Hi, Maria - It might be best to ask this question locally, so that you can connect with people in your school, district, or community who can help you track down materials and integrate them effectively into the curriculum. As far as I know, the major US textbook companies don't offer non-English versions of the textbooks that are likely to be used in the average K-12 math classroom, history classroom, etc. This means that you'll have to look for trade books on the relevant topics published in the relevant languages or that you'll have to try to find textbooks used in countries where the target languages are spoken. In either case, you may end up with materials that don't fit well into the local curriculum, but you may have no way of judging the fit between materials and curriculum, unless you can work with a translator. Even with the assistance of a translator, choosing appropriate materials could be tricky. For example, I read German as well as I read English, and I know that I can order German school textbooks at butcher.de; even still, I'm not sure I would trust myself to choose textbooks that mesh well with the US curriculum at any given grade level.It might be easier to scaffold content instruction in English heavily and to supplement that instruction (for older students) with mini lessons on productive internet and/or library search techniques. This way, students will have the tools that they need to locate supplemental materials in the L1. For younger students, you might be able to rely on trade books published in the relevant languages. Your local public library may surprise you: the collection may include fiction and non-fiction reading for all ages in a variety of non-English languages. If not, you may want to work with members of the local bilingual communities as well as library staff at your school or at the local public library to build a collection that would support students' content learning in the L1. Happy searching!
Lori RandallCoordinator of Multilingual Learning, Denison UniversityGranville, OH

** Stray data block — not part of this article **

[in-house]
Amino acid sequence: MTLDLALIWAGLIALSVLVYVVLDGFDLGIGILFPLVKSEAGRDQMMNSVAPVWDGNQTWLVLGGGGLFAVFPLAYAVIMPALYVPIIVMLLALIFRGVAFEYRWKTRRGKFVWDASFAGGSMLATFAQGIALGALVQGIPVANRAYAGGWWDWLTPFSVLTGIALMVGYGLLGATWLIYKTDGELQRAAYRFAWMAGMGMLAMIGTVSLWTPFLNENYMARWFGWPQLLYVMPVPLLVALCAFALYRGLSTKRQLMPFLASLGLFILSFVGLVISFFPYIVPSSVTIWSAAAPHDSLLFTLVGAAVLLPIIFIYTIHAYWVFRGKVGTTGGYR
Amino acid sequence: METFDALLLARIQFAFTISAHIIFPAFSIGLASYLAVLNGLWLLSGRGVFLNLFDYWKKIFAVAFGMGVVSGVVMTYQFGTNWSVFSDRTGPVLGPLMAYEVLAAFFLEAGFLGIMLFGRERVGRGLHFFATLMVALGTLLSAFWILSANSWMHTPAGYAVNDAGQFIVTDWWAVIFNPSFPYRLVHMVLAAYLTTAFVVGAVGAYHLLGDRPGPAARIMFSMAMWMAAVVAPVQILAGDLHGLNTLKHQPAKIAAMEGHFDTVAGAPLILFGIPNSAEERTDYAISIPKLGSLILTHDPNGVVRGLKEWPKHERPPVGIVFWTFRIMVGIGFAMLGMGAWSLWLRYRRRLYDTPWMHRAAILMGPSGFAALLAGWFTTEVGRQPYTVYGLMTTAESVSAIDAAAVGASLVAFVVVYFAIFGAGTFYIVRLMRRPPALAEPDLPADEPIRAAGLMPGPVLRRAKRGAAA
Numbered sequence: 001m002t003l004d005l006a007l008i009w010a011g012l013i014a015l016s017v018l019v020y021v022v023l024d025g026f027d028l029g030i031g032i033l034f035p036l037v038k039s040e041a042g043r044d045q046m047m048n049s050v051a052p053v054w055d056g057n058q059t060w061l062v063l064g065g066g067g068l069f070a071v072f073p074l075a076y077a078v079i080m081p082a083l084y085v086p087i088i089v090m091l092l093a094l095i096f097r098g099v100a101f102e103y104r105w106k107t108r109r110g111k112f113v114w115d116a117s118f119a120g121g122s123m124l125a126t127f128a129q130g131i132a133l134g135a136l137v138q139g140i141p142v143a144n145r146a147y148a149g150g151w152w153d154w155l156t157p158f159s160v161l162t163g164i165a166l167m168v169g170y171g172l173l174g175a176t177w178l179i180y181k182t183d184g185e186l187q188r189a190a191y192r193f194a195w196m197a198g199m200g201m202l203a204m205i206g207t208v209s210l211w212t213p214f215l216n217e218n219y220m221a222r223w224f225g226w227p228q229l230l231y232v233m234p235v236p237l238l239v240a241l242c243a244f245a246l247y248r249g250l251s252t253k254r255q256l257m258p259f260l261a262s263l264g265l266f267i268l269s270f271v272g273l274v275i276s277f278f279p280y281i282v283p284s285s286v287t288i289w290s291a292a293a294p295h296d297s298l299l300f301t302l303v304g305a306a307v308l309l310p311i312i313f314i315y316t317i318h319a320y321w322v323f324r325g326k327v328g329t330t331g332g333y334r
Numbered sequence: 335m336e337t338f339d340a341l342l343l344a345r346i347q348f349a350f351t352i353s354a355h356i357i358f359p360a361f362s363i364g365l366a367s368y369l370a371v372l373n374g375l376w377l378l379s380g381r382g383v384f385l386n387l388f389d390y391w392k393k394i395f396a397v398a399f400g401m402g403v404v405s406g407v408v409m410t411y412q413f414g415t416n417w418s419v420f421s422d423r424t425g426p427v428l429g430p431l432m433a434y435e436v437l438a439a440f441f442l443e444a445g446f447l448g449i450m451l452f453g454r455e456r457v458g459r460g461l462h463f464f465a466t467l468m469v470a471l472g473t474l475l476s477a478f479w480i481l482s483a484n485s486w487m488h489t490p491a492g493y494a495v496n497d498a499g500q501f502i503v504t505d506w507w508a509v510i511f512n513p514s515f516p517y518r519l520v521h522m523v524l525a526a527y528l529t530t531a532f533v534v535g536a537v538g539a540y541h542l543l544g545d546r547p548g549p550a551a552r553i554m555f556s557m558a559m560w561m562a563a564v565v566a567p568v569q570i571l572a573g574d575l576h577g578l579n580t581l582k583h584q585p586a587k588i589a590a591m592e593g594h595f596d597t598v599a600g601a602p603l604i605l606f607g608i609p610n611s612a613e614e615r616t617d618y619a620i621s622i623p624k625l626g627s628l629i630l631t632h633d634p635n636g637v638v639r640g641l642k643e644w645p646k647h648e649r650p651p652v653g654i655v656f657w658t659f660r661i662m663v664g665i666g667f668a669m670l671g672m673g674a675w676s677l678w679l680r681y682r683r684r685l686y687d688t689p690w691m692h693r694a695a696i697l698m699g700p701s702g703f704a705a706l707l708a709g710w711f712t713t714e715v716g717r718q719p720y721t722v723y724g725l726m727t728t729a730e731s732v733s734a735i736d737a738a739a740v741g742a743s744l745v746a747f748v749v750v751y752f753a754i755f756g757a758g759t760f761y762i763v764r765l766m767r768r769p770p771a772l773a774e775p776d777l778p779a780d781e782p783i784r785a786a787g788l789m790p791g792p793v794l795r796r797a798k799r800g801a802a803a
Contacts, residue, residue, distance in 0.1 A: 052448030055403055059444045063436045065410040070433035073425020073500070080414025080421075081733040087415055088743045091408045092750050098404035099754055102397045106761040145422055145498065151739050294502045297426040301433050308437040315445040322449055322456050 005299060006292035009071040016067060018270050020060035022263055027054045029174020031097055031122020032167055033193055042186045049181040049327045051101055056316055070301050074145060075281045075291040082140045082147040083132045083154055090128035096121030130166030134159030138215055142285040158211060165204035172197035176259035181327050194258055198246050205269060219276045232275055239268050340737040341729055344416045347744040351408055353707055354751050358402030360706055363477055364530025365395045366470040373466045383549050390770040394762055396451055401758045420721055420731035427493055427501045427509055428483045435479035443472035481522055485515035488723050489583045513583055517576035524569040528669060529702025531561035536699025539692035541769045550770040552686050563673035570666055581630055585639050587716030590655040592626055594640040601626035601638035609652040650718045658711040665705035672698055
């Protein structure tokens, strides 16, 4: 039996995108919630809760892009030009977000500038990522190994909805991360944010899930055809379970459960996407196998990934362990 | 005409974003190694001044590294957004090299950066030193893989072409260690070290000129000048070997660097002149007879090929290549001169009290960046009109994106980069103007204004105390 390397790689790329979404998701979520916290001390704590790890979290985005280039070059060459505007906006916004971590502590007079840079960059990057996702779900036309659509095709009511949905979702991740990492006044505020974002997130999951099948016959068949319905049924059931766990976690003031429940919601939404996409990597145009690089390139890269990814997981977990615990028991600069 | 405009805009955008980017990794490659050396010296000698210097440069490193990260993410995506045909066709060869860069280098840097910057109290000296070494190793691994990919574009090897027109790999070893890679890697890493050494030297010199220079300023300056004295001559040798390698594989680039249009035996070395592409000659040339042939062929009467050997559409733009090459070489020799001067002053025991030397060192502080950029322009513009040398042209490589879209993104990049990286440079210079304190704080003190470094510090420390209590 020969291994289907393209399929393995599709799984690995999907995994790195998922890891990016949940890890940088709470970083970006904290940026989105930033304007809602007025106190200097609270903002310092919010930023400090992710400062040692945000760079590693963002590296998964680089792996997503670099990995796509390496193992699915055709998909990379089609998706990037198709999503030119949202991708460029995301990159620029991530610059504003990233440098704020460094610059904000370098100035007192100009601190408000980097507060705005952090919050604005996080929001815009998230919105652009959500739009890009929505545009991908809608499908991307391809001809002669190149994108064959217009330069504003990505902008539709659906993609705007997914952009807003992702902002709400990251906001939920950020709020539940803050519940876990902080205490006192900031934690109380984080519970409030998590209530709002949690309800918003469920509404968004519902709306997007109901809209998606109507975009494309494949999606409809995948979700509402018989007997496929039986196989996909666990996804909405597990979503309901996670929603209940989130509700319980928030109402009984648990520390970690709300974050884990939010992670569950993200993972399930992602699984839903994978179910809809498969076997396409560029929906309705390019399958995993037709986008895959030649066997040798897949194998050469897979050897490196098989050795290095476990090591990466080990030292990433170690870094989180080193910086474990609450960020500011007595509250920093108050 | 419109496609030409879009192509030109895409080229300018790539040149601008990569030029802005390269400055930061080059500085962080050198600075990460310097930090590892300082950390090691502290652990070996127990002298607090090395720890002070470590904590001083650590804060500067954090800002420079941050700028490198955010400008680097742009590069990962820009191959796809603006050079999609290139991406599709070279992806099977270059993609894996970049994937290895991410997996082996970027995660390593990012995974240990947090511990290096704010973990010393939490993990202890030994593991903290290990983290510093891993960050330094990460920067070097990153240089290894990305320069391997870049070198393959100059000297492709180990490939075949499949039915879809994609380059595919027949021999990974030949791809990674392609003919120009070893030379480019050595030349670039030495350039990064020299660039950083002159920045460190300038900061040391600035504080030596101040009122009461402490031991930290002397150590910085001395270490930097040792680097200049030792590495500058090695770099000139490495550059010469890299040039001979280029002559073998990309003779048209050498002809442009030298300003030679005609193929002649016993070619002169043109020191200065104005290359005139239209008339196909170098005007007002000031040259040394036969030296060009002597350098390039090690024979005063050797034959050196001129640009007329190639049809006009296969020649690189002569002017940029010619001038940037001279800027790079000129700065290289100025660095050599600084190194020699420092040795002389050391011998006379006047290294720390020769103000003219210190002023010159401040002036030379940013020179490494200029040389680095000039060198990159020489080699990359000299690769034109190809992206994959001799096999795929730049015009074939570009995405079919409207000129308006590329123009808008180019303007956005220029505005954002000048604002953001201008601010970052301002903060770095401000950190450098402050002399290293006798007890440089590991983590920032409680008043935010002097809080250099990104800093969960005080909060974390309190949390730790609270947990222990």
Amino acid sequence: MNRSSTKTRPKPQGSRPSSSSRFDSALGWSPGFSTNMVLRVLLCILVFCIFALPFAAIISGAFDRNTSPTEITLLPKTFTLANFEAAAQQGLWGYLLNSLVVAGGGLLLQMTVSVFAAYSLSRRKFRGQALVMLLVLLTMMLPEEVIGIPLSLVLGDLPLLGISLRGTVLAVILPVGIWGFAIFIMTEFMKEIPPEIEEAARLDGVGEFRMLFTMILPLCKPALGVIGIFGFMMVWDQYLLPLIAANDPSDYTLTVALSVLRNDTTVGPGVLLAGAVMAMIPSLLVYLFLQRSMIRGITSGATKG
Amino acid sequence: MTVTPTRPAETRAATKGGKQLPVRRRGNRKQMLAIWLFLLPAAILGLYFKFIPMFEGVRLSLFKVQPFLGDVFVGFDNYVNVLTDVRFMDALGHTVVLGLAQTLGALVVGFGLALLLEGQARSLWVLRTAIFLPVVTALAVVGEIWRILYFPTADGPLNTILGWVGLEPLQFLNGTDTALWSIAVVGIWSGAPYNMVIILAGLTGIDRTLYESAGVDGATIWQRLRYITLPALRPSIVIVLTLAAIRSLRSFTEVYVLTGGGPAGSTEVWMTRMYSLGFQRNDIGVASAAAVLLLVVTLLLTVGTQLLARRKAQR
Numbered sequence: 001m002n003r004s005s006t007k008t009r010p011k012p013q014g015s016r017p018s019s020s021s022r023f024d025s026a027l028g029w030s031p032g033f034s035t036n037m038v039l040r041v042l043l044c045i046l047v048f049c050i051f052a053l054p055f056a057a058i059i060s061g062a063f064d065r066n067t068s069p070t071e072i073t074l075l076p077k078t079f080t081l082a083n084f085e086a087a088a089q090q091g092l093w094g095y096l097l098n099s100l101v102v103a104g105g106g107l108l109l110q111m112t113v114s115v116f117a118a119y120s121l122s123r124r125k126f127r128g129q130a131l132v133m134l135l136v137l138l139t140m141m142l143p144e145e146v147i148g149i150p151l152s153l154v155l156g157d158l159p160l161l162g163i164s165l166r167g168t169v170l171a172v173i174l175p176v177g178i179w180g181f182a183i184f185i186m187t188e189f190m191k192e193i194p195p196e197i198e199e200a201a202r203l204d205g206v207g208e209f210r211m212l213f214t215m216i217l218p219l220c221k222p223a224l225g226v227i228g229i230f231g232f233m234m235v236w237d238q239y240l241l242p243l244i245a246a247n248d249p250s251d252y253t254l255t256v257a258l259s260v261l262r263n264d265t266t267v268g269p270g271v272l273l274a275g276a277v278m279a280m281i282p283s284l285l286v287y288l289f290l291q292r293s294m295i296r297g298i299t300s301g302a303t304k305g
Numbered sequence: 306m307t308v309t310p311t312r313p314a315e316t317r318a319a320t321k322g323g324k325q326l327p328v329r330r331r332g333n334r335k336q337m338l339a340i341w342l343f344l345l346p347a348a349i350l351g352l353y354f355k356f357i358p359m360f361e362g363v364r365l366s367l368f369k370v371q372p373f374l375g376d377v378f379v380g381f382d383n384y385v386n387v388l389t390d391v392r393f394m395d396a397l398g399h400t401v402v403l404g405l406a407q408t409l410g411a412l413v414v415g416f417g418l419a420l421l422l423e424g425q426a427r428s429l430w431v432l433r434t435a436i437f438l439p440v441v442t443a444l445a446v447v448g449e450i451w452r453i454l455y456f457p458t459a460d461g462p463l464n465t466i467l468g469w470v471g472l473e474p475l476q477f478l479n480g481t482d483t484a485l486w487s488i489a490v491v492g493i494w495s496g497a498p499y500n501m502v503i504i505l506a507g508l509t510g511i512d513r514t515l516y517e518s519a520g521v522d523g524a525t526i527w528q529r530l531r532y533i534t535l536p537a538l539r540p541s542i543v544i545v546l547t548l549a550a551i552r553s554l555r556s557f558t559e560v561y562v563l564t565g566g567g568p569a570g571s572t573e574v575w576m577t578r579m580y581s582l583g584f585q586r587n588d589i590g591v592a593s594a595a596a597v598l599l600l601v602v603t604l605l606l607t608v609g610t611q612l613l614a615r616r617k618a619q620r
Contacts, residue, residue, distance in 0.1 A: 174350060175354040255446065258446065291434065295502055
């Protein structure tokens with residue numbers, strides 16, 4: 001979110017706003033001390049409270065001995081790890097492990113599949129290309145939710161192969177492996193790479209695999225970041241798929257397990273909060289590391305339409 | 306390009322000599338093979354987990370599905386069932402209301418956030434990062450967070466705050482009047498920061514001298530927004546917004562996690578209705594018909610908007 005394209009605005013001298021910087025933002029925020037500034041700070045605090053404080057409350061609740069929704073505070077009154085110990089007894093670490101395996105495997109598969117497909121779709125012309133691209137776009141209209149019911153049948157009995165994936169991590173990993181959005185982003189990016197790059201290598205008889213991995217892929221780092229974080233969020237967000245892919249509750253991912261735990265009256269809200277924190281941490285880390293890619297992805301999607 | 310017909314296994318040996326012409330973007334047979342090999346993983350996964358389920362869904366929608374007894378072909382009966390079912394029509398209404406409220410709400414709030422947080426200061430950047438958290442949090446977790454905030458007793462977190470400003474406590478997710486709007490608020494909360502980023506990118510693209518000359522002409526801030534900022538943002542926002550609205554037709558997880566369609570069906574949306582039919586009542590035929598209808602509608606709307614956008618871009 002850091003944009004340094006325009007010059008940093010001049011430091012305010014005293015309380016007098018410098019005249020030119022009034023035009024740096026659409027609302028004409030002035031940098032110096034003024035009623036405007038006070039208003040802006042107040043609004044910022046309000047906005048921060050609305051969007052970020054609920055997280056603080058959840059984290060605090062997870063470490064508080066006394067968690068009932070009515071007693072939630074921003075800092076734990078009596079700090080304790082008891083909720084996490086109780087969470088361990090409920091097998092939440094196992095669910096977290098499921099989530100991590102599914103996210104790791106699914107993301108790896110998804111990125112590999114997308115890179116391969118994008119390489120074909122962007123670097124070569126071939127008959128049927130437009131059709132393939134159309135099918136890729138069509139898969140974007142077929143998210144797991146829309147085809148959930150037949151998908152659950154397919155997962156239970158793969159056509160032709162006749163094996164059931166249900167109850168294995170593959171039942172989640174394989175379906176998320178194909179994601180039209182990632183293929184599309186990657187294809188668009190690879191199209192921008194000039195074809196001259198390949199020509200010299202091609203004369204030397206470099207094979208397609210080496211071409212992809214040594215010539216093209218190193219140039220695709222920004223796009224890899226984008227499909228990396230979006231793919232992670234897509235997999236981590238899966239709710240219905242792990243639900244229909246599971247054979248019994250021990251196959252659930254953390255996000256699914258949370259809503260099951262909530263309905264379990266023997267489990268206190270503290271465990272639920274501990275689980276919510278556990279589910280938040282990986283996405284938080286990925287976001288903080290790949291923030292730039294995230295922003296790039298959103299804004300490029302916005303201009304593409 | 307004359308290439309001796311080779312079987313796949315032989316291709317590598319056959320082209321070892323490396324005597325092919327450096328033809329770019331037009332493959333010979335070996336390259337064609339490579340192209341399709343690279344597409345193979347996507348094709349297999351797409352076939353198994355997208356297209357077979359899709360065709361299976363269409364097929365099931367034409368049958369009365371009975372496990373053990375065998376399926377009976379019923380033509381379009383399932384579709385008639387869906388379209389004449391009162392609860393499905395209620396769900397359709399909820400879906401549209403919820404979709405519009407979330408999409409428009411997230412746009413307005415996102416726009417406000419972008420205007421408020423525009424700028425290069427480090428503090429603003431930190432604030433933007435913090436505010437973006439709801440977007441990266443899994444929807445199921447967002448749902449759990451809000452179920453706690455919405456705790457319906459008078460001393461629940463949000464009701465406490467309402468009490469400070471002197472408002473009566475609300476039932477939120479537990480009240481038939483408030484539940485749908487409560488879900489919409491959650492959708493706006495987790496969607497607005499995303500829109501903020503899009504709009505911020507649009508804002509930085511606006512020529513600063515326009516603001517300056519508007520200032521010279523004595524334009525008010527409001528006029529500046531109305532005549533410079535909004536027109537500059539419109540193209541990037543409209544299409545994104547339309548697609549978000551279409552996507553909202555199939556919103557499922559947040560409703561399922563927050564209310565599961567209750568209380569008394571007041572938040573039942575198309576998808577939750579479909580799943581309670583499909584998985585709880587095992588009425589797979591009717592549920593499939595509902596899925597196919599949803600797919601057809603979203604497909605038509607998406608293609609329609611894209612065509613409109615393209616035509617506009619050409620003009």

RE: “Can anyone direct me to materials, websites, organizations, or other valid resources where I can find K-12 materials in the L1 for any of the following languages..” Maria Konkel, Assessment Specialist
Have you tried CD for each language you are wanting to obtain?
I don’t know if you have already checked-out a website called: Babel.com. It might not have all the languages you are looking for, but maybe useful for some that you need. The European may not be that difficult to find, but the rest I’m sure could be!
I’m fully aware a Spanish CD is available to order—I have one for a beginner level. I bought it for personal enrichment, but you may find the Southeast Asian languages to be not readily available and ordering CD might be your best bet!
Babel Link: https://lp.babbel.com/d/ENG_index.html?bsc=aw6b_engall&btp=default&gclid=Cj0KEQjwk-jGBRCbxoPLld_bp-IBEiQAgJaftYqD6NML3DVIk2nF730J3VYCvkU3Idjr_K5fNqOiOkIaAj3x8P8HAQ&l2=ALL
---------------- MerriLee Leonard M.A.Ed., TESL University Teacher United States ------------------
How are you doing, Maria!
After reading everybody’s input on what you are looking for or need in your classroom [K-12]—for the following languages:
- French/Haitian Creole
So not to run into a dead-end for you here and to be a help, you may want to consider The Rosetta Stone Language CD ROMs—at this time. I’m aware of their products and you can order them online. If you should consider using their CDs, I wonder if your employer/school could split the costs—they can be very pricey.
Here’s the site: rosettastone.com-------------MerriLee LeonardM.A.Ed., TESLUniversity TeacherUnited States--------------